WHAT'S IT ALL ABOUT?
I gave Ron Underwood's The Adventures of Pluto Nash as fair a chance as I could manage. I figured it was possible that the film had attained a bad rap, thanks to bad pre-release buzz or a moviegoing public that just didn't grasp the subtle intricacies of a potentially great film. I mean, look: This is a film with a top-notch comedic cast. You've got Eddy Murphy, Randy Quaid, Joe Pantoliano, Pam Grier, Jay Mohr, Luis Guzman, Peter Boyle, Alec Baldwin, and John Cleese. Plus, you've got Ron Underwood, the director of one of my favorite horror comedies, Tremors. How could anything go wrong?
Turns out, there are many ways that Pluto Nash goes wrong, and what amazes me is that nobody—none of the usually bright minds associated with this disaster—saw the film for what it was: a sloppy, boring, dreadfully unfunny behemoth. The film was the worst financial flop in the history of motion pictures, grossing less than $5 million against a budget of $100 million.
Perhaps the most egregious aspect of Pluto Nash is its appallingly bad script, care of Neil Cuthbert. Pluto Nash (Murphy), fresh out of prison, is hanging out on the moon with his failed-lounge-singer buddy Tony (Mohr) when he suddenly finds himself the owner of a lunar nightspot, which he turns into a goldmine. The remainder of the film involves Pluto's attempts to save his nightspot from the clutches of a greedy realty mobster intent on stealing his club. I'm serious. Aiding him in his real-estate-protection quest are his ever-smiling but late-model android Bruno (Quaid) and the down-on-her-luck-but gorgeous-waitress-wannabe-singer Dina (Rosario Dawson). Grier plays Pluto's mom in a throwaway role. And frankly, I don't want to spend any more time on the plot.
There are so many flaws tumbling across the screen that you can barely keep up with them. There's a ridiculous sense of anachronism that asks you to accept a moon setting 100 years in the future that looks and sounds very much like today, save for the flying cars and holograms. R&B music grinds the soundtrack to a halt. The movie is full of silly, obvious jokes, such as the mention of a cloned basketball team called the Air Jordans spawned from one senior-citizen source. Cross-streets on the moon of Microsoft and Sixth. The visage of Hilary Clinton on 10,000 bills. A moon-highway billboard that reads Trump Realty.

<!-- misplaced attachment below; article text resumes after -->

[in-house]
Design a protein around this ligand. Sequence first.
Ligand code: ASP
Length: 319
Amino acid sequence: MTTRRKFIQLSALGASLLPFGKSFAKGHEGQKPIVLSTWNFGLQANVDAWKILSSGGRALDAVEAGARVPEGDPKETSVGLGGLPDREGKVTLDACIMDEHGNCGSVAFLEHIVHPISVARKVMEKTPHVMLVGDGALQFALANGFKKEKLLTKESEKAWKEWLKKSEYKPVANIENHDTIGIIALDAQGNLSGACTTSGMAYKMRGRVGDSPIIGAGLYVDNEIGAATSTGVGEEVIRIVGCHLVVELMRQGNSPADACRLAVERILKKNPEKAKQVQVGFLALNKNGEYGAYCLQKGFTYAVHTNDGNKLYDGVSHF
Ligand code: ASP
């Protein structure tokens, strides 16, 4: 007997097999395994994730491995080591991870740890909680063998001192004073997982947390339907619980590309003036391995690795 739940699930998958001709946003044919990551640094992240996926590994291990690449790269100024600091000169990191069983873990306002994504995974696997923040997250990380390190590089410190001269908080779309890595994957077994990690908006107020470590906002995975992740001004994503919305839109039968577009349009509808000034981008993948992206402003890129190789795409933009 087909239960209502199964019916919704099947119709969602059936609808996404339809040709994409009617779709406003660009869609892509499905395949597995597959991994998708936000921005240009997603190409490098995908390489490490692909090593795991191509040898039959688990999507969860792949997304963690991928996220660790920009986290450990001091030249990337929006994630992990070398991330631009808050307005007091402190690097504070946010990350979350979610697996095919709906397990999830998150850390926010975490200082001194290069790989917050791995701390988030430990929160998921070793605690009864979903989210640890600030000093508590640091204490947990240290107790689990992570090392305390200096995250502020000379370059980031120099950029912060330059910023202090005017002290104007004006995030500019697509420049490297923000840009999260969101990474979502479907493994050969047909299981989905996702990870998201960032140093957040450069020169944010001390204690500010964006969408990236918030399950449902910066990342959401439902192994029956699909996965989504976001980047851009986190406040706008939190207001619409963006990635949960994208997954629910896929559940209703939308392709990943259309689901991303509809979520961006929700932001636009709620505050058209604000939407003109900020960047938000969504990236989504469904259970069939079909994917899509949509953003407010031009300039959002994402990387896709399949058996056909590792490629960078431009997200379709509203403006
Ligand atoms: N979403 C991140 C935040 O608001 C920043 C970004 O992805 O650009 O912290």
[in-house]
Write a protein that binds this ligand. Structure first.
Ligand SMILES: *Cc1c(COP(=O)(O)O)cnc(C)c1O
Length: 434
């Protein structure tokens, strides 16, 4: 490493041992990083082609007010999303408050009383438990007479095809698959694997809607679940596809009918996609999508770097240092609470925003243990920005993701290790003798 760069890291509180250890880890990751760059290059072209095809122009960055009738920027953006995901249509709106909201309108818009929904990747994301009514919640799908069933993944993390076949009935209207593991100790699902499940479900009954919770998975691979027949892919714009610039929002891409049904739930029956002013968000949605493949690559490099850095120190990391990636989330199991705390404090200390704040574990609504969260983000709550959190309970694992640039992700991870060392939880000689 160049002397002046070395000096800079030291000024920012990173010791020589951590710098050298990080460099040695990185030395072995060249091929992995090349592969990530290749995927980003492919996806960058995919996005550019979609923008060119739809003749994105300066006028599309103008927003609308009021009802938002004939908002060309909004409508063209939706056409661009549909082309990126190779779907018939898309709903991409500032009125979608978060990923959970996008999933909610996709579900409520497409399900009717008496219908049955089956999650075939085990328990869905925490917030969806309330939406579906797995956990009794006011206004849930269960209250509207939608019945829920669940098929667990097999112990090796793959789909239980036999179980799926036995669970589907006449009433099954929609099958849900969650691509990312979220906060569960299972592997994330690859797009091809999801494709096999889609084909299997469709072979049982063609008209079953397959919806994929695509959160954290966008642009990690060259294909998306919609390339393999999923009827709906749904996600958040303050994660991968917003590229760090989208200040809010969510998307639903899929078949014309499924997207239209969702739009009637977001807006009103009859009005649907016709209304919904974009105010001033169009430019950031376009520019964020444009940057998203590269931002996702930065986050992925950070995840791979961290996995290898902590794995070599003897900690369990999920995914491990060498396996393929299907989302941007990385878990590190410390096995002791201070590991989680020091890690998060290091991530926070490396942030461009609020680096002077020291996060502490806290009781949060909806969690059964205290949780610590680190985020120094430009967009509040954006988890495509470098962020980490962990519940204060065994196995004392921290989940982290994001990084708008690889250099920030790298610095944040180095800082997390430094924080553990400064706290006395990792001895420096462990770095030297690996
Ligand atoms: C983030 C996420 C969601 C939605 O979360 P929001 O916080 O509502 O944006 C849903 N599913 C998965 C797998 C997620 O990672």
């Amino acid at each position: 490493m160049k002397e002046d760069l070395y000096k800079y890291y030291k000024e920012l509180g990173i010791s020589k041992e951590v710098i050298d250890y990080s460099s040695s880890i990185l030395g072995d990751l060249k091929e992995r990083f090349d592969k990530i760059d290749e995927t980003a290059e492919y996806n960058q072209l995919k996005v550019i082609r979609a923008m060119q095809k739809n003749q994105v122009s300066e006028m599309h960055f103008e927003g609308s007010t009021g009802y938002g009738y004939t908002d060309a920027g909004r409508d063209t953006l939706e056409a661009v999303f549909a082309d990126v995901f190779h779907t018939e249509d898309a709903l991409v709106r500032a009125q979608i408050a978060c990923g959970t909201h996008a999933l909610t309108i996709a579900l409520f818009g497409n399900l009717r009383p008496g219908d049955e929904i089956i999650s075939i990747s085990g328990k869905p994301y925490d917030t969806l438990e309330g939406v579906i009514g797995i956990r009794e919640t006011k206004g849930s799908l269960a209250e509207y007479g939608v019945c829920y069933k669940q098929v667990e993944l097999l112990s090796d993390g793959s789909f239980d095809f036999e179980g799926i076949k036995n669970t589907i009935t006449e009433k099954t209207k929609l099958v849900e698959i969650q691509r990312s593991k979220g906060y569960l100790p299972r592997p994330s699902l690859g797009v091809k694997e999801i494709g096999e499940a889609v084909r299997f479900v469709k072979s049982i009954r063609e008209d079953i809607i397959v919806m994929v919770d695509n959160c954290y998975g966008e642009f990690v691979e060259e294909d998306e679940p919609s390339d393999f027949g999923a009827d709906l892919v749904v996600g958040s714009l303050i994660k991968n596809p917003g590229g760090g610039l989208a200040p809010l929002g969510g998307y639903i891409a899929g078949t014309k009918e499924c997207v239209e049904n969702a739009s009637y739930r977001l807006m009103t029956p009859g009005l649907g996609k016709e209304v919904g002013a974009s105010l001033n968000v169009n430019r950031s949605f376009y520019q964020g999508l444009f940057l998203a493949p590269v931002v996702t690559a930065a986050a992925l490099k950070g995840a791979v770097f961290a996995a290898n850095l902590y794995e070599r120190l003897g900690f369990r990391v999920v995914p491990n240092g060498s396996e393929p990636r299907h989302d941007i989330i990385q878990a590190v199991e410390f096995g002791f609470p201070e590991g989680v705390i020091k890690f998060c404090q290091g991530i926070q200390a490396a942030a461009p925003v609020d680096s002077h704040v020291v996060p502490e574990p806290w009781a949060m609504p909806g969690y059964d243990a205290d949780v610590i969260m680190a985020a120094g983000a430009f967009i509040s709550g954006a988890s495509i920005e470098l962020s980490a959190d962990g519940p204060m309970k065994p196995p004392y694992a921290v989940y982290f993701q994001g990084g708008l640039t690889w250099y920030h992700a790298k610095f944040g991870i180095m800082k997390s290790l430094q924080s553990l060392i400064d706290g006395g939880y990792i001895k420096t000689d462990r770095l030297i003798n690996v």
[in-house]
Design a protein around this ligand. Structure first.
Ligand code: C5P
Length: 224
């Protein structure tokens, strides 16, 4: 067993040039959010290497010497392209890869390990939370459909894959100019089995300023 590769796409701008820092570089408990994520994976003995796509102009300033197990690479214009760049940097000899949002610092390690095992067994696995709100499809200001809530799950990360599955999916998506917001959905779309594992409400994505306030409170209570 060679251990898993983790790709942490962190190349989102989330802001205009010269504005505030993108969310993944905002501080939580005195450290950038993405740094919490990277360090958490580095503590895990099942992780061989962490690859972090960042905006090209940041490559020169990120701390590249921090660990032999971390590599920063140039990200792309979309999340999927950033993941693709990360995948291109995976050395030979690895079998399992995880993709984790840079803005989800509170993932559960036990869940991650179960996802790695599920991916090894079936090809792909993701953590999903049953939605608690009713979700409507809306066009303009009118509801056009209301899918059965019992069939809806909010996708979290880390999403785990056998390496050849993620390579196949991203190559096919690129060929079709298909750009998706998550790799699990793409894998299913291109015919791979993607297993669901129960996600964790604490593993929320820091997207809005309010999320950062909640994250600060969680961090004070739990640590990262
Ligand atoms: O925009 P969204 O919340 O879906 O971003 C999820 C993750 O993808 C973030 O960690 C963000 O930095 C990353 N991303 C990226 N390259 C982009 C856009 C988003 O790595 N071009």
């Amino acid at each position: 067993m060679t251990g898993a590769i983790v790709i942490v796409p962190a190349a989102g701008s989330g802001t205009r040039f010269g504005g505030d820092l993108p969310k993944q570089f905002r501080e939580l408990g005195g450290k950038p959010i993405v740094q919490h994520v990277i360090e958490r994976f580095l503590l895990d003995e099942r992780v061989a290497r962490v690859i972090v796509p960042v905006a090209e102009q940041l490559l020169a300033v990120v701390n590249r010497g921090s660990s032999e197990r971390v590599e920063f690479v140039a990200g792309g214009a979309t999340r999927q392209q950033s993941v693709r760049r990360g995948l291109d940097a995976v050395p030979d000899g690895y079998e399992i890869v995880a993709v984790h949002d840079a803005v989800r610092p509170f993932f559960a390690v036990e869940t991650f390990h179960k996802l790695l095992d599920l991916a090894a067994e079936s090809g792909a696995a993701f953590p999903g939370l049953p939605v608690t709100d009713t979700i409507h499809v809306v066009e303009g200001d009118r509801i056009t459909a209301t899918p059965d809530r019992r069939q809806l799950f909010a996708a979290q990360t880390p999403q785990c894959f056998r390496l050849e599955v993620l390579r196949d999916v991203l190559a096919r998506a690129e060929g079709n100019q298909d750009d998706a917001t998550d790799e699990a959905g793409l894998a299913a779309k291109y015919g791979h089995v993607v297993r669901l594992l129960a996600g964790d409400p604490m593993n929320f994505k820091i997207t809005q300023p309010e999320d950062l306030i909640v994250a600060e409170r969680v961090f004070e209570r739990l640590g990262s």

At a certain point, say, 10 minutes in, all you can do is wince as events unfold. You feel for the actors, who seem to be having fun within a doomed enterprise that will ultimately humiliate them. The only good thing I have to say about Pluto Nash is that there's a surprisingly well-done fight scene toward the end of the film, involving clones. The tussle is extremely well filmed with startlingly fine special effects and fun humor.
Unfortunately, it's surrounded by a truly awful film.
HOW'S IT LOOK?
Warner presents The Adventures of Pluto Nash in a better-than-the-film-deserves anamorphic-widescreen transfer of the film's original 1.85:1 theatrical presentation. The color palette of the film's blue lunar landscape seems accurate. Detail is exemplary. I had few problems with the image.
HOW'S IT SOUND?
The disc offers a Dolby Digital 5.1 track that is generally front-heavy. Surround activity is mostly limited to effects such as laser fire and explosions, lending the track a gimmicky feel. Your subwoofer will get a modest workout, lending a depth to the entire soundscape.
WHAT ELSE IS THERE?
The first extra is Cast & Crew, which kinda gives you an idea what you're in for as special features are concerned. Selecting it gives you selected filmographies of the major players.
Next is The Making of the Music Video. I'm serious.
Next is the Imx Music Video, "Ain't No Need." What, you think I'm joking?
Next is a selection of Additional Scenes. There are four. I didn't watch them.
WHAT'S LEFT TO SAY?
Let's hope Ron Underwood's career survives this debacle so that he can someday create a film that approaches the quality of Tremors.